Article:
What Is the Solution for the Continuity of a Perpetual Business?
The age of most companies in the United States is relatively young. Even those huge companies on the Dow Jones (DJIA) are on average barely 20 years old. When we use the concept of a cemetery, they are intended to be perpetual. Perpetual is forever, which is longer than 20 years. While the anticipation of an on-going concern might be into perpetuity, no company on the DJIA can assert that they are committed to running their company in perpetuity. That is what makes a cemetery business so unique.
Funeral homes are a bit different in their on-going concern mentality. Funeral home owners have a mentality of a perpetual provider. However, their historical reliance on a building makes the funeral home a business that is immobile. This means the business within the four walls of the building might change. The population served might change over time. I have seen many Catholic funeral homes become non-sectarian businesses and I have seen Jewish funeral homes become properties serving African Americans. We have all seen buildings that once housed funeral homes become open to non-funeral uses. But funeral homes do not have the limited vision of a succession plan.
We have clearly seen the mass roll-up of funeral homes in the United States from the 1970s to the year 2000. Companies that bought funeral homes would end up selling those same funeral homes to protect their balance sheet from 2000 to 2007 or so. In some cases, those companies owned cemeteries and they sold those cemeteries to another owner. But the concept of each and every cemetery in the country today should identify what its succession planning is!
Know the Tax Status
Most cemeteries in the United States are run under the auspices of a not-for-profit organization. They might be owned by a local government, a private nonprofit group, a religious organization, a national entity for a veteran’s cemetery, or a for-profit company but operating as a nonprofit for tax and regulatory purposes. Very few of these are truly “for profit.” Obviously, the for-profit cemeteries have to plan for their succession of ownership, but most nonprofit organizations don’t think that way. Let me explain why they should and how they can plan for their succession.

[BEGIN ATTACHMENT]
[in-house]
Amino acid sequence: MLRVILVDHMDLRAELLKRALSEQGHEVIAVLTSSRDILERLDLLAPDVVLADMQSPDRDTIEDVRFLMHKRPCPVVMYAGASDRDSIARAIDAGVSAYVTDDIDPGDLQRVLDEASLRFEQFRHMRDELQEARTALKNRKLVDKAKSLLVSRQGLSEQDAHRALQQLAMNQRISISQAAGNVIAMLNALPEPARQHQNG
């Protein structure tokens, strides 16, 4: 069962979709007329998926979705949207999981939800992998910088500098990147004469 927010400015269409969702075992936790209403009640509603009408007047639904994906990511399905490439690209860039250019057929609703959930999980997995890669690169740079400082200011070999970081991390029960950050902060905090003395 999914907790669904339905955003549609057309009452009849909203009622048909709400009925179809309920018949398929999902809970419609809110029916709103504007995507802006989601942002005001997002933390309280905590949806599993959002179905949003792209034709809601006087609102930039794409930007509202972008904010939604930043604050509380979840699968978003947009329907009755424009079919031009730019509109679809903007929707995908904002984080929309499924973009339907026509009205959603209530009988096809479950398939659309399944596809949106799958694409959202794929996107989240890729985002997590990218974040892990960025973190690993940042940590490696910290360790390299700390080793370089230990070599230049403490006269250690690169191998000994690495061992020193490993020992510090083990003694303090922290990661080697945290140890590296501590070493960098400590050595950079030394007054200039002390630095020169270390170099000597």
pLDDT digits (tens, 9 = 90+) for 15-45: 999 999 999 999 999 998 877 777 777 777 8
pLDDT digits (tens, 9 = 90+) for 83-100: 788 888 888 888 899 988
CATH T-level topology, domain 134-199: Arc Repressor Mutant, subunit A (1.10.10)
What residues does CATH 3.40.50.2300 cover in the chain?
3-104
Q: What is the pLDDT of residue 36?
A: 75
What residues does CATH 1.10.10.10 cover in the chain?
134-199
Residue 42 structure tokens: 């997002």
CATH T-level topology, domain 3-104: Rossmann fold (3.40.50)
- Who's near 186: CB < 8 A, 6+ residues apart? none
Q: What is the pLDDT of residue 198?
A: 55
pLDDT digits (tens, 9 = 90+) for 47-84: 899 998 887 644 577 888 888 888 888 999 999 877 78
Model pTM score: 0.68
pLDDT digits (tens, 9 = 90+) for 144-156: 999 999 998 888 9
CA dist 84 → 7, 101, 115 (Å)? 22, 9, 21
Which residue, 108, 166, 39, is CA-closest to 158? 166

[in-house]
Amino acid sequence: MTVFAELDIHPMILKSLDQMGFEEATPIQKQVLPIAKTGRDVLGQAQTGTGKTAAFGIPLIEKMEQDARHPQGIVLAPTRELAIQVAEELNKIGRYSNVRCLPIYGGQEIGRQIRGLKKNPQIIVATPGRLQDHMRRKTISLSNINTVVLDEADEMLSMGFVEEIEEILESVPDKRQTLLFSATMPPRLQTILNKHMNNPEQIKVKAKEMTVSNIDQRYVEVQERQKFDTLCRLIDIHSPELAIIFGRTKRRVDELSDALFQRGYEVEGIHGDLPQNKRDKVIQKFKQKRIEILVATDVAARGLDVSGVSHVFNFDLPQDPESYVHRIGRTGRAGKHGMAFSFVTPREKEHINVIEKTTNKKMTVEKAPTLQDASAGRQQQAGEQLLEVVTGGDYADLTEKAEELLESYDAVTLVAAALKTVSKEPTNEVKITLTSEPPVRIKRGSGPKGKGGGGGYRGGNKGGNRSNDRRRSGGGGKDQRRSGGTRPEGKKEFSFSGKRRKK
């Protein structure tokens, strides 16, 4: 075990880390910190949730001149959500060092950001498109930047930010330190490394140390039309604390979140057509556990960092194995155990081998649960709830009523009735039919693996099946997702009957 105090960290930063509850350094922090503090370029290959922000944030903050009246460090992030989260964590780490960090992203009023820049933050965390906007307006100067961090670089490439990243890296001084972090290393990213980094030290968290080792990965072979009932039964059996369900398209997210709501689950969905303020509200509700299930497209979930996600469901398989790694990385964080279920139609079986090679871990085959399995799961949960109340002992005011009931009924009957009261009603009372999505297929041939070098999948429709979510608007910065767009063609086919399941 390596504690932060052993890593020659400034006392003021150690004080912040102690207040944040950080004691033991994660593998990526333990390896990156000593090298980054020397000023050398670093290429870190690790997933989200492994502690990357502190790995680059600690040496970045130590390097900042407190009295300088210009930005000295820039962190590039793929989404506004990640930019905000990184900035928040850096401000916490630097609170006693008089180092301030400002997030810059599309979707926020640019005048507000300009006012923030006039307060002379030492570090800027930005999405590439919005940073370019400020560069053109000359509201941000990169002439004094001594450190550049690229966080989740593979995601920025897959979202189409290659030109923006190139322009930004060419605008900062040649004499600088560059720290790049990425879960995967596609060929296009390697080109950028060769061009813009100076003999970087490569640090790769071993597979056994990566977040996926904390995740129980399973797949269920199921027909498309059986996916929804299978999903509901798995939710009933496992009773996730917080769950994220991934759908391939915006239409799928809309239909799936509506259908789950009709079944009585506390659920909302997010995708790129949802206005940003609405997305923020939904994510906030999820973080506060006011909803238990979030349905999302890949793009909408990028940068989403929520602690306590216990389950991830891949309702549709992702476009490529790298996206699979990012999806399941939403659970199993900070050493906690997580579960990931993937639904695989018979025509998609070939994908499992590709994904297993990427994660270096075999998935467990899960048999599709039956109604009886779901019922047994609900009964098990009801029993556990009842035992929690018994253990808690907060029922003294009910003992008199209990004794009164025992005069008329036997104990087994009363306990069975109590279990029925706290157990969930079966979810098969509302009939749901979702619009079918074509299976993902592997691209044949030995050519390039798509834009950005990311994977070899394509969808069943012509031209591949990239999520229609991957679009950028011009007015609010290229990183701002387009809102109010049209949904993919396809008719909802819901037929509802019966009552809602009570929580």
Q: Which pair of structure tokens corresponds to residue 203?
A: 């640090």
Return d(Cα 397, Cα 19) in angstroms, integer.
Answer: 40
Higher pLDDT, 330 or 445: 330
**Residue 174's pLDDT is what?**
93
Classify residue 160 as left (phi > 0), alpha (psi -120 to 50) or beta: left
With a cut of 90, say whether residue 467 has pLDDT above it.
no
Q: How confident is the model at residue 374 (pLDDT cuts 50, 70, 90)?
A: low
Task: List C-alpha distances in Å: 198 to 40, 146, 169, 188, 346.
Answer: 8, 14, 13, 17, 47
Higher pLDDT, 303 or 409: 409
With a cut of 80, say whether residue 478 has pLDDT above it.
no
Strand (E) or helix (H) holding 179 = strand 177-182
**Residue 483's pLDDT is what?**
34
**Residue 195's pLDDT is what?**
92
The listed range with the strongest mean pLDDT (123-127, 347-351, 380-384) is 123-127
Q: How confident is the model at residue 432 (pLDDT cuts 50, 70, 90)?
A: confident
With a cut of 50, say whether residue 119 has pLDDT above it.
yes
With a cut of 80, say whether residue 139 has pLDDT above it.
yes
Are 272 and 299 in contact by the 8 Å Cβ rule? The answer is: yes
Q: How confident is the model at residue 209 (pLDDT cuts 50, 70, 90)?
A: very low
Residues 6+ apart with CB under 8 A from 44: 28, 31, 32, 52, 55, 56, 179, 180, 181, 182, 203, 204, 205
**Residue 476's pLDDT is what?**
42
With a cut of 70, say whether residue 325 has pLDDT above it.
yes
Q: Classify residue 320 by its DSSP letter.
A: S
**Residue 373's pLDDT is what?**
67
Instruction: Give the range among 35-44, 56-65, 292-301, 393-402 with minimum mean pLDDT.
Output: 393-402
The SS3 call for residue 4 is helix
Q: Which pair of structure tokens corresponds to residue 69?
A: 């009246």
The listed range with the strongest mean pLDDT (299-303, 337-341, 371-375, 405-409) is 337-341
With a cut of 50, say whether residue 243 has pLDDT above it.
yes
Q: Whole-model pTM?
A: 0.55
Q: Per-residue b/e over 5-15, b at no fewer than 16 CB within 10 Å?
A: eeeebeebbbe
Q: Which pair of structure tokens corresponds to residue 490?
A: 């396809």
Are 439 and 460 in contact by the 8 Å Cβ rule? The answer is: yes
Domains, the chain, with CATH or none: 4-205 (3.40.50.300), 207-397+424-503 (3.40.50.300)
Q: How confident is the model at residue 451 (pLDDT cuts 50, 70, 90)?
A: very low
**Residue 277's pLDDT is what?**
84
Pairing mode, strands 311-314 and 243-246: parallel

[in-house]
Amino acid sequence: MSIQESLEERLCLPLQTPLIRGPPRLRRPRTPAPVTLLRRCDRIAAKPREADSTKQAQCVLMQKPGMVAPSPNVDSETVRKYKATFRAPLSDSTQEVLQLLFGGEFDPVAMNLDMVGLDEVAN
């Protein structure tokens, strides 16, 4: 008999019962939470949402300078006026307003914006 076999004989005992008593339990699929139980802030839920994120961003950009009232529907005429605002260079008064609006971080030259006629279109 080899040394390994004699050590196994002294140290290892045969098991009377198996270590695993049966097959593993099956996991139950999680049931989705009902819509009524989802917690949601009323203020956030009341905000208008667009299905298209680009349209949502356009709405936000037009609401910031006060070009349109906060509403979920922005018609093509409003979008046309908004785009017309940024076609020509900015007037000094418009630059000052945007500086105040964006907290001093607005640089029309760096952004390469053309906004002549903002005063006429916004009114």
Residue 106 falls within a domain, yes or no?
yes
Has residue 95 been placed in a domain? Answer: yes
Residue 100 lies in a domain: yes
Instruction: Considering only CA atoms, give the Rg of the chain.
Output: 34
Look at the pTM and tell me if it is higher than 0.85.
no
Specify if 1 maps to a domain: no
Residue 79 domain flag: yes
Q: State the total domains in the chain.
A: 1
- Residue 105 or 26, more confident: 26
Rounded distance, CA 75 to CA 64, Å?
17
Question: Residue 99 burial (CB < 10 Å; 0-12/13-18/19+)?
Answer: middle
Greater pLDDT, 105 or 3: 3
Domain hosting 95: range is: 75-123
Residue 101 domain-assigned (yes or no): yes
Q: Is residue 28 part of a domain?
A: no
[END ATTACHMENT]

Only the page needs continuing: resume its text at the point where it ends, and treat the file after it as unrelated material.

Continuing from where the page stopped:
For-profit vs. Nonprofit
In a for-profit company, you have owners of the company, officers of the company, and employees of the company. In a closely held company, frequently the owners are the officers and may also be an employee of the entity. In reality, these are three different duties (officer, owner, and employee). In a cemetery that is a nonprofit, there are no individuals that are owners. The officers and employees operate the entity for the benefit of the public at large or the sponsoring organization. For example, in a church cemetery, the cemetery may be a different entity from the church. The church may be the sponsor, but the nonprofit is run for the benefit of the church and the patrons at large.
Occasionally, the religious sponsor might sell the rights to the management of the cemetery to an outside entity that has experience in running a cemetery. That is a succession plan. It might cover a finite time period of the management, but it is a succession plan.
For those entities that are owned by municipalities, they have to determine if their city resources are best spent managing and caring for a city/township cemetery. Because the city government does not have a “for-profit” mentality, the revenue generated is usually insufficient to cover the costs of maintaining the property. Therefore, that city cemetery is a line-item of cost on the city budget.